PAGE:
Friday, October 12, 2012

Compost Makes It Better

     What makes a great soil?  Soil is a combination of broken down earth's crust in the form of minerals, organic matter and living organisms.  In fact a good undisturbed soil typically has a layer of organic material on top of a layer of topsoil - which is mineral soil and organic material mixed.  These two layers cover the subsoil which is basically just the mineral soil without the organic matter.
     Topsoil occurs when living creatures such as worms and ants carry organic material from the soil surface down into the layer where they live.  They work to break down that material during their normal activities.  As the particles get broken down, fungi and bacteria that exist in the soil kick in to further break down the material.
     When we endeavor to plant an area we do a couple of things.  First, we disturb the soil structure because we dig into it.  We also alter the way that organic matter is left on the soil surface and the kind of material that make up that layer.  Quite often we remove the organic material that would normally fall on the soil completely.  We haul off grass clippings, rake away leaves and throw away things weeded out of the soil.  This often alters the number and health of the creatures that live in that soil.
     You can help to re-create the soil process by adding organic matter to the top of your planted soil.  The best way to do this is to place a thin layer of compost onto the surface of your soil.  Consider adding compost over all of your soil.  You can easily do this at the two turns of season - spring and fall. 
     For lawn areas, toss or use a spreader for this endeavor.  Let the compost fall onto the grass surface.  It will tend to fall through the leaves of the grass and end up on the soil surface at the base of the grass blades.  From here the soil organisms will take over and carry it down into the topsoil layer.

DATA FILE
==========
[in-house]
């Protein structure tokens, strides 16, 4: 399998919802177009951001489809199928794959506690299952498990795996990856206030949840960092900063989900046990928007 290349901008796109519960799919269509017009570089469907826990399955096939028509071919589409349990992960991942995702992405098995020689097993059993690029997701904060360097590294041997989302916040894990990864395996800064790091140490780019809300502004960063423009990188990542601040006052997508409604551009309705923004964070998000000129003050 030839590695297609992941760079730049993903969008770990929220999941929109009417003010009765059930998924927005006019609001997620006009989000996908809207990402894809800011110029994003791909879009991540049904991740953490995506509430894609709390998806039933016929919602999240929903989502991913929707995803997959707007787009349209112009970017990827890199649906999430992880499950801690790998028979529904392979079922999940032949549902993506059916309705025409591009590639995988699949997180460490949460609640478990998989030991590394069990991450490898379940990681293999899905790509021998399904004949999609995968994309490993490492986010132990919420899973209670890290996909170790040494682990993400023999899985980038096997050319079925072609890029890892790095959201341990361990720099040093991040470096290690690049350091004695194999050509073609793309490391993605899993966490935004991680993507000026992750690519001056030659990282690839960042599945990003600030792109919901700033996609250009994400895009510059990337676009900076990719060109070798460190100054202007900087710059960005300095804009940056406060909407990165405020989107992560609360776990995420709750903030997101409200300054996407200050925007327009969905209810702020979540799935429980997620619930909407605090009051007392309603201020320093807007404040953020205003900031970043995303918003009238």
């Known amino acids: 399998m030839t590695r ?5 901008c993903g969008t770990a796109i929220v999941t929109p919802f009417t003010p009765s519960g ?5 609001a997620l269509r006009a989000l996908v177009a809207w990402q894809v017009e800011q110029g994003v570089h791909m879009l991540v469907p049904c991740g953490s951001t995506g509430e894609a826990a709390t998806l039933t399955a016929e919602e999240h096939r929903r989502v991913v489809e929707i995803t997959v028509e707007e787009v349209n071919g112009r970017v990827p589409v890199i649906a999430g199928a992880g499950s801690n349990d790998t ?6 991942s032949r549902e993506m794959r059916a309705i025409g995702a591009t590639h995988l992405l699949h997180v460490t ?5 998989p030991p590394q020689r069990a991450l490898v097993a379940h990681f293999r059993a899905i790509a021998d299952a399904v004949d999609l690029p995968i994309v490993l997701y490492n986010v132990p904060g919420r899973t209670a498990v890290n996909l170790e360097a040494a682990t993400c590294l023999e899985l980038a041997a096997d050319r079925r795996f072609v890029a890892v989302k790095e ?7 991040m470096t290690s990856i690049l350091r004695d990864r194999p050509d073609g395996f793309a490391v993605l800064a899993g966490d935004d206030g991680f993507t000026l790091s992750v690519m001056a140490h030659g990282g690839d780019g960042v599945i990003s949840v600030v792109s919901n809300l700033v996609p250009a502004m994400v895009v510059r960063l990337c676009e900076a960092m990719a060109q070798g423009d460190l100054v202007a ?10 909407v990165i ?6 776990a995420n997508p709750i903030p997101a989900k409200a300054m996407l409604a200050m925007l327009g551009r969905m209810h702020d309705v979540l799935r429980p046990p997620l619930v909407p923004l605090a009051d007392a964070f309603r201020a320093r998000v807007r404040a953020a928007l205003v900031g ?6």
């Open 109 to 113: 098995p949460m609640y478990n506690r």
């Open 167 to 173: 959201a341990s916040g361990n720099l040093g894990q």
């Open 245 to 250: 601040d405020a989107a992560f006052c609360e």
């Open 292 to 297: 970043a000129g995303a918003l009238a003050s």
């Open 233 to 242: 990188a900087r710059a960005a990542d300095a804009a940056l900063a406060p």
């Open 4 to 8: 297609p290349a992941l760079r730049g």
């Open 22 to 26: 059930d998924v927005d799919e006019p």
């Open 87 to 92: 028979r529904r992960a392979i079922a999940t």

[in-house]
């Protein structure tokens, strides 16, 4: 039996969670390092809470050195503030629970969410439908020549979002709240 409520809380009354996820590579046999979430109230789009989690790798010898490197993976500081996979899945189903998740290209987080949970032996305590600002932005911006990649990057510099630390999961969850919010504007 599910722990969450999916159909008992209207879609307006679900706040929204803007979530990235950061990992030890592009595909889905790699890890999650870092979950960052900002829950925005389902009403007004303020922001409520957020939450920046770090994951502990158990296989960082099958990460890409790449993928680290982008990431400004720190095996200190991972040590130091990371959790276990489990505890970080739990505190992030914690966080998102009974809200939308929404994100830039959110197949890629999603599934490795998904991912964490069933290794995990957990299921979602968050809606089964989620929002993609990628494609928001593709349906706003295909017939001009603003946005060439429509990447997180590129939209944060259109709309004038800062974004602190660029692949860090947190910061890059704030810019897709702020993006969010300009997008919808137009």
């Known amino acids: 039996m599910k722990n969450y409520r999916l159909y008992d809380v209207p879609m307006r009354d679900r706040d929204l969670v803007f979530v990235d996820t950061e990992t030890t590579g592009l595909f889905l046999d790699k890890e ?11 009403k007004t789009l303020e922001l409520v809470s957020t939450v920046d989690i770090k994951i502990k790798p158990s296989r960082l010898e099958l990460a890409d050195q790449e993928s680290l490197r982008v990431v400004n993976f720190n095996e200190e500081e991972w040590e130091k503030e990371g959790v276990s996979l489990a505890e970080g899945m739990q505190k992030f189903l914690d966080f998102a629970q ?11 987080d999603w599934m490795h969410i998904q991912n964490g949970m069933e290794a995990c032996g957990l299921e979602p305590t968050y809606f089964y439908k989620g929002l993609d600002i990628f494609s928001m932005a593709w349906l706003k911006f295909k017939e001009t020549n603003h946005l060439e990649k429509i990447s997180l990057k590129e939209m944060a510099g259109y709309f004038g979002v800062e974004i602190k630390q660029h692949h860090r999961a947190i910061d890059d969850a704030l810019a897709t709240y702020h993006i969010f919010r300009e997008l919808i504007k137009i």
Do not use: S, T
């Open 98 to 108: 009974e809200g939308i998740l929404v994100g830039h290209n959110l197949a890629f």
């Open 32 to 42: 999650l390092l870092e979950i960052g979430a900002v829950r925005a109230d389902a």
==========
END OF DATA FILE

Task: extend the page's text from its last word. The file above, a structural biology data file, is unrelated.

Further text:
You can also do this in your bedded areas.  The timing is basically the same.  You are basically adding compost at the time of the year when you are going to mulch.  The compost can be placed instead of mulch if desired.  In this case place a two inch layer over the bed.  The other option is to place a half to one inch layer of compost on the ground and then cover it with an inch to an inch and a half of mulch.  The key is to reach a cover of two inches.  Do not exceed this amount as you will cause a situation that could lead to overly wet and moldy conditions.
     Where to get the compost?  You can buy it either in bulk or from home improvement stores in bags.  You can also make it and use your own.  Either way, compost on the soil will greatly enhance the soil and your plants will be healthier for it.  If you do add compost, remember that you are adding nutrients to your soil.  That means that you need to use considerably less fertilizer or if you are using a good high organic content compost you should not fertilize at all.

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